For thousands of years, this symbol has been recognized as two opposing forces in the universe working in harmony to achieve balance. This includes balancing your diet.
According to Chinese thinking, good food is considered good medicine, and traditional Chinese doctors have always utilized the power of food to cure or relieve illness. Only if a disease is very resistant will herbs and other healing methods be considered.
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Chinese philosophy breaks down food into yin and yang, combining the two for best effect. Yin foods tend to have a calming and cooling effect on the body, while yang foods warm and stimulate. Processed foods devoid of fiber and laden with additives, refined sugar, and salt are considered toxic and not beneficial in gaining nutrients.
If your energy is low and you are feeling tired, depressed, or sluggish, it makes sense to try these theories and increase yang foods. If you are stressed, anxious, over-excited, or angry, try the soothing yin foods. If life is in balance and you feel pretty good, then it may be best to adapt your diet by observing the external environment. If you are in a cold, damp, or wet place, then the predominantly yang diet would be best. If it is hot and dry, then the yin diet would be more suitable.
Macrobiotics, the practice of understanding the effect that food and lifestyle have on health, takes into consideration your individual health condition and physiology in relation to your geographical location and seasonal changes in climate.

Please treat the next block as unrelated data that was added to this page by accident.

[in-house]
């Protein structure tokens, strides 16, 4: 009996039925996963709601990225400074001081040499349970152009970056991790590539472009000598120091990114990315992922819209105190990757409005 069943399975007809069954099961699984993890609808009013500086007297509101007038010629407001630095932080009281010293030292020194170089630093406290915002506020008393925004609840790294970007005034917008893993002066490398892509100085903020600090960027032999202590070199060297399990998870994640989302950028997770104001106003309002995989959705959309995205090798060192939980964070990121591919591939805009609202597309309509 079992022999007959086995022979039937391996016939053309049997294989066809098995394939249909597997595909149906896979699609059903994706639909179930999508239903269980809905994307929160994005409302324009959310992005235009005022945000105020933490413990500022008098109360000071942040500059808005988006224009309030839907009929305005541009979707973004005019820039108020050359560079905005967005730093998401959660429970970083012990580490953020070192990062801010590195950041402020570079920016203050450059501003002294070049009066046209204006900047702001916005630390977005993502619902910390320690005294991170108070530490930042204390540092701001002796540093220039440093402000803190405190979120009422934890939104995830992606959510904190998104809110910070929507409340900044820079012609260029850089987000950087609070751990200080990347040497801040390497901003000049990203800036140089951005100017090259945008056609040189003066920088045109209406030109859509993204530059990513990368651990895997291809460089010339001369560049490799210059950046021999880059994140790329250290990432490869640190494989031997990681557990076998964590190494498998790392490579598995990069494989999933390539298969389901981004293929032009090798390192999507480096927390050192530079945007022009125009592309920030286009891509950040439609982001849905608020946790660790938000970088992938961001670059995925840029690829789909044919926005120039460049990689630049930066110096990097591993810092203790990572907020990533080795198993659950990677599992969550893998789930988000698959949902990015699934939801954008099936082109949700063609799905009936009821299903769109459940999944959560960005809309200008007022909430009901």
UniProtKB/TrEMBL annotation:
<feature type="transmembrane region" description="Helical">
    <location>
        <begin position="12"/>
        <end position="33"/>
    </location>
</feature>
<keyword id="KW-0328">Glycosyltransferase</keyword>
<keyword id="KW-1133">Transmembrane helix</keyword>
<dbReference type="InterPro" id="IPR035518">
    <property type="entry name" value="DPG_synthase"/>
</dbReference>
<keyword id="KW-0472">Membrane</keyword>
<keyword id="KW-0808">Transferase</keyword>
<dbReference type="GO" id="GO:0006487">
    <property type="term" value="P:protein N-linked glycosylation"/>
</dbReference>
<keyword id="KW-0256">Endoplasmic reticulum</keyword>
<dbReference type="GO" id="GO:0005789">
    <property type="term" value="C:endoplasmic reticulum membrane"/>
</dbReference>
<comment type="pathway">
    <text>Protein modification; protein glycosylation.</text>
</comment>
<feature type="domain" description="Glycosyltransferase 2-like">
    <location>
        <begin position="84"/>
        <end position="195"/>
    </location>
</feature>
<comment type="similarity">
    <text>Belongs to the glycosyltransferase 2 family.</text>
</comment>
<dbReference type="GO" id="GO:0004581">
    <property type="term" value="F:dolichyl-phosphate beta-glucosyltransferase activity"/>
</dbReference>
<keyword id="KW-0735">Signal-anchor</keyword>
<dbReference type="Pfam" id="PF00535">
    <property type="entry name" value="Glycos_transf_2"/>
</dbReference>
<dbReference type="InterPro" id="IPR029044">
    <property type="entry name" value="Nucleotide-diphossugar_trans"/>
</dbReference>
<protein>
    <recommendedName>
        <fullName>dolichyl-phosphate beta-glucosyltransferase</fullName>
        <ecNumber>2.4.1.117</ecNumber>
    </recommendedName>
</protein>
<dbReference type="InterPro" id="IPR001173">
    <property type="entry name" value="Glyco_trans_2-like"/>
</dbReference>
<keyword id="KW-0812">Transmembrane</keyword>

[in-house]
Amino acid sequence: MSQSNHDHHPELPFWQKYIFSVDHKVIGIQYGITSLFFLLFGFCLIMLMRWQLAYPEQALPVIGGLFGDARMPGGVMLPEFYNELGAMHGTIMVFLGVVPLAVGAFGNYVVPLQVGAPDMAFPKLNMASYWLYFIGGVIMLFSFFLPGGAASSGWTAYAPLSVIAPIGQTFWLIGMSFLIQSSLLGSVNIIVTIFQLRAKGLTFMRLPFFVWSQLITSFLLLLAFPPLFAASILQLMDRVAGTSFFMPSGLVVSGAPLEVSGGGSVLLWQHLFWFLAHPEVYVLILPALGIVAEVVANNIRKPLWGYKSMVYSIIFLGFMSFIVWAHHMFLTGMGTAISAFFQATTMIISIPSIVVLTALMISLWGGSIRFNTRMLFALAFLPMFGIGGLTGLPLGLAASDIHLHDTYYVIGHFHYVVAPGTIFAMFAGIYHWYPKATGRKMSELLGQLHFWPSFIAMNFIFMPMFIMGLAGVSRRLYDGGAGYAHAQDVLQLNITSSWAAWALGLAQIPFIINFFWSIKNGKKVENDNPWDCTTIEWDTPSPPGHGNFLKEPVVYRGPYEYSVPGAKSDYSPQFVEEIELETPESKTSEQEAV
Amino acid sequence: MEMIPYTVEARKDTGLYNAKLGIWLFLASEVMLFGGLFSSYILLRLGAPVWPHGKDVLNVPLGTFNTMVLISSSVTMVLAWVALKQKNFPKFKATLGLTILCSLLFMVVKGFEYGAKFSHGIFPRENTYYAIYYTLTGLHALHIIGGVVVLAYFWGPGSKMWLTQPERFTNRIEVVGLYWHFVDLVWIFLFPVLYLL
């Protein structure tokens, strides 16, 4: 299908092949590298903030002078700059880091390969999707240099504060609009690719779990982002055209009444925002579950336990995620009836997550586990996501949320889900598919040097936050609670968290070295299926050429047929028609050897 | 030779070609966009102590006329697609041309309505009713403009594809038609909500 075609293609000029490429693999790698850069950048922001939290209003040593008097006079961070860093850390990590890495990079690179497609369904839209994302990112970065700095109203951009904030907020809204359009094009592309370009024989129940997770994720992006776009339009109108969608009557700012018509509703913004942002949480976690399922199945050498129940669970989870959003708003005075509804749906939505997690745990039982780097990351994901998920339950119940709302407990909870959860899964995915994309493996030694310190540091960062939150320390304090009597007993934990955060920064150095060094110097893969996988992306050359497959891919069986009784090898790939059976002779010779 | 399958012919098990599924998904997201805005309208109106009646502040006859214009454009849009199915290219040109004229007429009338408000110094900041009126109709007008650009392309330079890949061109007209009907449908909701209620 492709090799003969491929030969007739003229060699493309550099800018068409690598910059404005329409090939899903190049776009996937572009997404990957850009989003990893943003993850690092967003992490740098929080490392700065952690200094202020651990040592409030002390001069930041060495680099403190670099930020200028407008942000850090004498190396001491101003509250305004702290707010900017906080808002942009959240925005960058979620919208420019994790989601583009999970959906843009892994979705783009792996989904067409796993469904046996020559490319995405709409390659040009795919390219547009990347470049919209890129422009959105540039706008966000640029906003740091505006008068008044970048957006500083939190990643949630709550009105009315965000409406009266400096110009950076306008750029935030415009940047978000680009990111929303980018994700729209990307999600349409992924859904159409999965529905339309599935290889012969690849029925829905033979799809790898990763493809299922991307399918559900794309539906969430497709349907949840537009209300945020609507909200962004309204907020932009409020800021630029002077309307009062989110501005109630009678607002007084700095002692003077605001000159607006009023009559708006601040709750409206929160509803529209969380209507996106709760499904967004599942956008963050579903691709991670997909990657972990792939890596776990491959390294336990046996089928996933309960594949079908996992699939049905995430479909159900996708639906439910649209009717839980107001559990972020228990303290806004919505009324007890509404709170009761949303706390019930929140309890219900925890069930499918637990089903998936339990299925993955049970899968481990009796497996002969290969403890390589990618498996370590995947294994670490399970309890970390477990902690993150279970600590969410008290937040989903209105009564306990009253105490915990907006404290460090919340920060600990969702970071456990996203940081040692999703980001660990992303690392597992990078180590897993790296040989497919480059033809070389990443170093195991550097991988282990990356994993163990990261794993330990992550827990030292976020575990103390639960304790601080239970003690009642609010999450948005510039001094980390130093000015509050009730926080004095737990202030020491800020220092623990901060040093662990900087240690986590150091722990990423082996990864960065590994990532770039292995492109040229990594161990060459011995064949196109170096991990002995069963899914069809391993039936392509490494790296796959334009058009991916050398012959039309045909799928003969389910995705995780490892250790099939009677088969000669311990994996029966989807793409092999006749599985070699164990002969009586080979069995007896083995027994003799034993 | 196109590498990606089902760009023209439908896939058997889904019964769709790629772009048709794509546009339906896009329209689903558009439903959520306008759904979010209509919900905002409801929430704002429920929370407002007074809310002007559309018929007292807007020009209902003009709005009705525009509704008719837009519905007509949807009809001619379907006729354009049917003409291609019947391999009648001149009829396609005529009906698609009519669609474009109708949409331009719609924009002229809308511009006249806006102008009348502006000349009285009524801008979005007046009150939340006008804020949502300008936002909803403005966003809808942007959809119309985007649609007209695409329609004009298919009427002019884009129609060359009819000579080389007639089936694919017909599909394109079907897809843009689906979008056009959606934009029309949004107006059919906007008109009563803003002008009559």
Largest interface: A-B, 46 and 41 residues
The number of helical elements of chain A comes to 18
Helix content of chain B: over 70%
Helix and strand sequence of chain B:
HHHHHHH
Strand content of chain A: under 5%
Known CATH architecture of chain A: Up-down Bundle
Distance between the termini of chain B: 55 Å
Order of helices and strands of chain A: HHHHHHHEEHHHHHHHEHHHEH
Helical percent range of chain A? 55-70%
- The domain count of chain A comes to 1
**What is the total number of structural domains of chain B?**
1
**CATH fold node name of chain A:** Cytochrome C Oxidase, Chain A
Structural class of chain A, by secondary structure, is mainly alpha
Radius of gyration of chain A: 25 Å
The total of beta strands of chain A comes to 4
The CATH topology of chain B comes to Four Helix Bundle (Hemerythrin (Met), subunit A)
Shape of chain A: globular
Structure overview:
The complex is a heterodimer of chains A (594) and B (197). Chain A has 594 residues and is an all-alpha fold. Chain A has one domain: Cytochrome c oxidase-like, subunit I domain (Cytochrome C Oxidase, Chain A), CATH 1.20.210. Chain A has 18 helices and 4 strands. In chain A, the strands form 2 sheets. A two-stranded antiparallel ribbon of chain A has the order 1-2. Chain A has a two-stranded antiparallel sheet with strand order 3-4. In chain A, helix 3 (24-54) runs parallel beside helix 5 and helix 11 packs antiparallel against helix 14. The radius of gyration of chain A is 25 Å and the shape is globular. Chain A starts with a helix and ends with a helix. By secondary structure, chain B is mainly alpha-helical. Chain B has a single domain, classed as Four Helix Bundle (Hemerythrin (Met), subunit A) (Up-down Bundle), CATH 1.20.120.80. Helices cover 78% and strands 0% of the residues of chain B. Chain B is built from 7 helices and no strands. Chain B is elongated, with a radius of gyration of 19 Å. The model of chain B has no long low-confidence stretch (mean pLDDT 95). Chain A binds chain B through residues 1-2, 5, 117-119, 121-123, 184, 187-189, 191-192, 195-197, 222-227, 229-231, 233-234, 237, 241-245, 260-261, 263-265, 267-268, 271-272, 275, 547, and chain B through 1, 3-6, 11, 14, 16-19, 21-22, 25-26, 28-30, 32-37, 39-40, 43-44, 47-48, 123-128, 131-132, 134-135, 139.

Japanese teacher George Ohsawa cured himself of so-called “incurable” diseases at the age of 18 by eating a simple diet of brown rice, miso soup, and sea vegetables. These foods are in the middle of the yin and yang spectrum. He then devoted his life to the study, which he named macrobiotics.
Macrobiotics is based on balancing your diet with yin/yang foods
The macrobiotic way of life encourages you to eat foods that are locally grown and in season, and to avoid foods that are considered to be extremely yin or extremely yang. Ohsawa claimed that the modern diet of excess salt, refined sugar, dairy products, processed foods, and red meat upsets the body’s yin/yang balance, which in turn leads to disease. The body is always seeking balance, so if you eat an extreme yang food, such as meat or salty chips, your body will crave an extreme yin food, such as sugar or tropical fruits. The extremes affect not only physical health, but also mental health and behavior.
Foods are also classified into five tastes — sour, bitter, sweet, pungent, and salty. Balancing your diet means having meals where each of the tastes is met, yet in moderate measures. Sour can be found in pickles or lemon, bitter in parsley or sesame seeds, sweet in brown rice syrup or apple sauce, pungent in watercress or garlic, and salty in miso. The right combination of each should leave the eater feeling satisfied.
In the case of illness, certain foods and tastes may be emphasized and others left out to regain harmony.